Robert Plant knows what the fans want.
They want Led Zeppelin.
This time through town, the British rock legend was willing to oblige them. Plant got the Led out early and often on Saturday night at the Greek Theatre in Berkeley, opening with "Babe I'm Gonna Leave You" and then going on to devote roughly half of his 90-minute-plus show to Zeppelin tunes.
Unfortunately, they didn't sound like we remembered them — and if you were expecting that they would then you probably haven't been paying all that much attention to Plant's post-Zeppelin solo career, which began with 1982's "Pictures at Eleven."
Having ignored his old band's songbook for more than a decade, Plant finally began to reclaim his legacy onstage in the mid-'90s. Yet, he's gone about doing it in his own peculiar way, especially in recent years. He's softened the arrangements on many of the Led Zep classics, perhaps in order to make them more palpable for those who caught on to him through 2007's folksy collaboration with Alison Krauss, "Raising Sand."
In Berkeley, some of the re-imagined Zep tunes worked quite well -- usually the ones that, in their original incarnations, were really just folk songs given a metal turbo boost. In that regard, "Babe I'm Gonna Leave You" (a tune first made famous by Joan Baez in the early '60s) and "Going to California" (perhaps Led Zep's best power ballad) were both highlights of the show.
Other reworked classics came across as mere oddities, seldom conveying the passion and power of the originals. Indeed, there were times when Plant would run a Led Zep tune through the America/world music blender and the result would be something ripe for a "Saturday Night Live" skit. The worst was "Black Dog," a once magnetic number that was juiced up with West African rhythms to the point where it sounded like an outtake from Paul Simon's "Graceland" sessions.
As expected, the Led Zep covers -- regardless of their strength -- drew some of the biggest responses from the crowd. Fans would clap and cheer whenever they recognized a melody or riff, which -- due to the arrangements -- often took a few moments.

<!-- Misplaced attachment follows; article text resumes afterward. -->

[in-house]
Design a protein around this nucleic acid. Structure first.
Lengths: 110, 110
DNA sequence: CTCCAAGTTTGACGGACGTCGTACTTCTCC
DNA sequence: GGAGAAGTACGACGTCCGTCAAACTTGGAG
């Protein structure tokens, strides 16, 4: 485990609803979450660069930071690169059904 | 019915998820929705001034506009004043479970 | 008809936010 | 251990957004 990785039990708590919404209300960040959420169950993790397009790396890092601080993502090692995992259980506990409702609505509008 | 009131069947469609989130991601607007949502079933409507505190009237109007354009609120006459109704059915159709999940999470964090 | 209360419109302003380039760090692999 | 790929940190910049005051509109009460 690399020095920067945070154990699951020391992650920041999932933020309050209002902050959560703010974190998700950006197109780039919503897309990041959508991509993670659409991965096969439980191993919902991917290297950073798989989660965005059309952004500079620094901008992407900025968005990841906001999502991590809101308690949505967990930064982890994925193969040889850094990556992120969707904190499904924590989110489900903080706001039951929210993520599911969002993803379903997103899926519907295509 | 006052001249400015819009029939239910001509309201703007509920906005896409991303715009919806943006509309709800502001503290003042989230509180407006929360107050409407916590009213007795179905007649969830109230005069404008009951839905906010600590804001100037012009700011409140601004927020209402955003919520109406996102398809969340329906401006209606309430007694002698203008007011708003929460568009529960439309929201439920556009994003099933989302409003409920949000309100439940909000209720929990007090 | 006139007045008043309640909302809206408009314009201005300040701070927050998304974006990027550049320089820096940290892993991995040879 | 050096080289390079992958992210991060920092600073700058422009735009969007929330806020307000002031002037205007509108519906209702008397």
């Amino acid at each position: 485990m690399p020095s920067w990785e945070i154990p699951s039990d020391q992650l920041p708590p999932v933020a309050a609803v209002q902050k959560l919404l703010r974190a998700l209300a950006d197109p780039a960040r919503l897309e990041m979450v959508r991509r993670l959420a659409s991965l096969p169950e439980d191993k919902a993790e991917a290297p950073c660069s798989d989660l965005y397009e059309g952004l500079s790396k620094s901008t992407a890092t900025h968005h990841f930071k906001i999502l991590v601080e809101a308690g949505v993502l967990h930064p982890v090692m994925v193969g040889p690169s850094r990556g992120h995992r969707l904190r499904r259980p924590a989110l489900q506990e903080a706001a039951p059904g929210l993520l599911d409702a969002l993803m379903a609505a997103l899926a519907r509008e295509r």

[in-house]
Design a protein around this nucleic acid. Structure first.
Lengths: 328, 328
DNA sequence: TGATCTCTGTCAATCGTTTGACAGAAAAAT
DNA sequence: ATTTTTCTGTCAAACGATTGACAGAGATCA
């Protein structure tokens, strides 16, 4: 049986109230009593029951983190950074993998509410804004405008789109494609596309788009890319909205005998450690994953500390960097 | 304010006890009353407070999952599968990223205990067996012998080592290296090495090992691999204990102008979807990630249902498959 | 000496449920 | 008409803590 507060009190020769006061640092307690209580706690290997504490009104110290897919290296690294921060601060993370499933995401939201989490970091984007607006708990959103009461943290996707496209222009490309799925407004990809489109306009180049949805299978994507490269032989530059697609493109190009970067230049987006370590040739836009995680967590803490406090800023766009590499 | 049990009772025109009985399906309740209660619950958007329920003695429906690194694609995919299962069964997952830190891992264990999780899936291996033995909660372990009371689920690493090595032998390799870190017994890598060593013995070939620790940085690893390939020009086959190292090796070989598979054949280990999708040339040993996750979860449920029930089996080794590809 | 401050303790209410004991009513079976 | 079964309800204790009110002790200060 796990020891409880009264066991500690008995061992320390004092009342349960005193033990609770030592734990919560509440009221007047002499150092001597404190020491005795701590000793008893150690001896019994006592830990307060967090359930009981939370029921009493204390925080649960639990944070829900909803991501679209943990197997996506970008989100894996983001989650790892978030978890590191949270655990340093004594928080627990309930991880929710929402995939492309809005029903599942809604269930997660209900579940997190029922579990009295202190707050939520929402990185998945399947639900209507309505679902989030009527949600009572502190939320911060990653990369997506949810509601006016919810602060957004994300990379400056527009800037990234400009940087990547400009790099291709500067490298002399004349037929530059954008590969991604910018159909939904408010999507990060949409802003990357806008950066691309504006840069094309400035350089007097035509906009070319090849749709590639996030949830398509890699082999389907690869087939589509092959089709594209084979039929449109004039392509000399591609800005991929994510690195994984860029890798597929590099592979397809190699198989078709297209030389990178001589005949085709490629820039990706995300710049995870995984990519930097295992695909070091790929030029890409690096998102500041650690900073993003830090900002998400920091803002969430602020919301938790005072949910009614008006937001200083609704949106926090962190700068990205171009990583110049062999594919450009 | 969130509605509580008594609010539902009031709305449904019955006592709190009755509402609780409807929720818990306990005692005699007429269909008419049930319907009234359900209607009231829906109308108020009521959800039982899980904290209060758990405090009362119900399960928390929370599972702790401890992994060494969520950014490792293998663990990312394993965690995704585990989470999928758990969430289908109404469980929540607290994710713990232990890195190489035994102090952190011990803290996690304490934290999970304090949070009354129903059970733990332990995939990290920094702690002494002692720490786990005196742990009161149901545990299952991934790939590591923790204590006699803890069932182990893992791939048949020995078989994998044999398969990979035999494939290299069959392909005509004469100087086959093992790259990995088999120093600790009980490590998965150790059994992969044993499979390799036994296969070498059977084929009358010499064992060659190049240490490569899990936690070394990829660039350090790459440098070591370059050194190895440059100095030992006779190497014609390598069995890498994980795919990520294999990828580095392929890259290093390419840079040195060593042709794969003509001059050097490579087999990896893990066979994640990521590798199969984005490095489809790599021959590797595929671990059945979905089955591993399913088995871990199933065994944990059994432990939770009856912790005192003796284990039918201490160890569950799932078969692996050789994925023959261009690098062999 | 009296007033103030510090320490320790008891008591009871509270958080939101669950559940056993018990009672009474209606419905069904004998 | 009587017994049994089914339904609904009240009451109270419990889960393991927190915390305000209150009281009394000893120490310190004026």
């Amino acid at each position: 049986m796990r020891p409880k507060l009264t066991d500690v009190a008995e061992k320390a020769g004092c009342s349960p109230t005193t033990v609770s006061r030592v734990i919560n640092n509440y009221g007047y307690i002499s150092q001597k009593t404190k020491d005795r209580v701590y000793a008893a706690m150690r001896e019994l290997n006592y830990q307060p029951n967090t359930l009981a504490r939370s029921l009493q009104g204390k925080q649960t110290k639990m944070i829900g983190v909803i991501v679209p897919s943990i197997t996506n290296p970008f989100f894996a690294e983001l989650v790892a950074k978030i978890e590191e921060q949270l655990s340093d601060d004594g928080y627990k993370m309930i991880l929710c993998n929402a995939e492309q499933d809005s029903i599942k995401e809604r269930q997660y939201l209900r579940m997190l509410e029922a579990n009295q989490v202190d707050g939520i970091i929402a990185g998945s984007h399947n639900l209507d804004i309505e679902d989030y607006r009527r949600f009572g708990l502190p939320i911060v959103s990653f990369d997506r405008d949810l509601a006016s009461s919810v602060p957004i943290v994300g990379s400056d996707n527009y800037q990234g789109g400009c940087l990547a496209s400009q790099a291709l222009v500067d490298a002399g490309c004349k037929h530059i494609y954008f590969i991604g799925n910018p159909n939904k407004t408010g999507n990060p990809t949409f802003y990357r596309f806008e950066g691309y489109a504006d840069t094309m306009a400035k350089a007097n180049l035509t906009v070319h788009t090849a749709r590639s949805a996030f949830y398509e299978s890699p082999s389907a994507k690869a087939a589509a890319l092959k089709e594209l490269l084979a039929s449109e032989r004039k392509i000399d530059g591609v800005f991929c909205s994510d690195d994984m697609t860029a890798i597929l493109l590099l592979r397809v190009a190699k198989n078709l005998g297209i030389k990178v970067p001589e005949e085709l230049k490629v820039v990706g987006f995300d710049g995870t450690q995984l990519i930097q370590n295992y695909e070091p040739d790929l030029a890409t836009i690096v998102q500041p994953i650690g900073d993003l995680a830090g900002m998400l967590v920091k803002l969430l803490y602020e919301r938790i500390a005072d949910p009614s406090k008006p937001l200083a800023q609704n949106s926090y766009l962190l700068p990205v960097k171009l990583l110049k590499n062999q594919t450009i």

Plant sounded great throughout the night, occasionally even reaching his "golden god" heights of the '70s. His band, dubbed the Sensational Space Shifters, is also terrific and quite agile, convincingly following Plant through folk, blues, rock and other musical terrain.
What's missing, however, is a strong electric rock-guitar presence. I'd gladly trade the synthesized violin and other atypical rock elements for someone who could do a half decent Jimmy Page imitation.
The set list was intriguing enough. Yet, the fact that he ignored so many of his solo hits was quite telling. We got a decent version of "In the Mood," but no "Big Log," "Other Arms," "Heaven Knows" or "Tall Cool One." I guess even an Americana makeover wouldn't transform those '80s hits into something we'd want to hear in 2013.
He also played a handful of covers. I wasn't impressed with the weird take on the Willie Dixon blues standard "Spoonful" (first recorded by Howlin' Wolf in 1960). It started off OK, but lost focus and steam during the jammed-out psychedelic ending. He had better luck during the encore with the traditional tune "Satan, Your Kingdom Must Come Down," which is perhaps best known -- if it's known at all -- by the Uncle Tupelo version.
Plant closed the show on a definite high note, leading his band through a fairly straight-ahead take on the Led Zep classic "Rock and Roll."
And that seemed to be exactly what the fans wanted.
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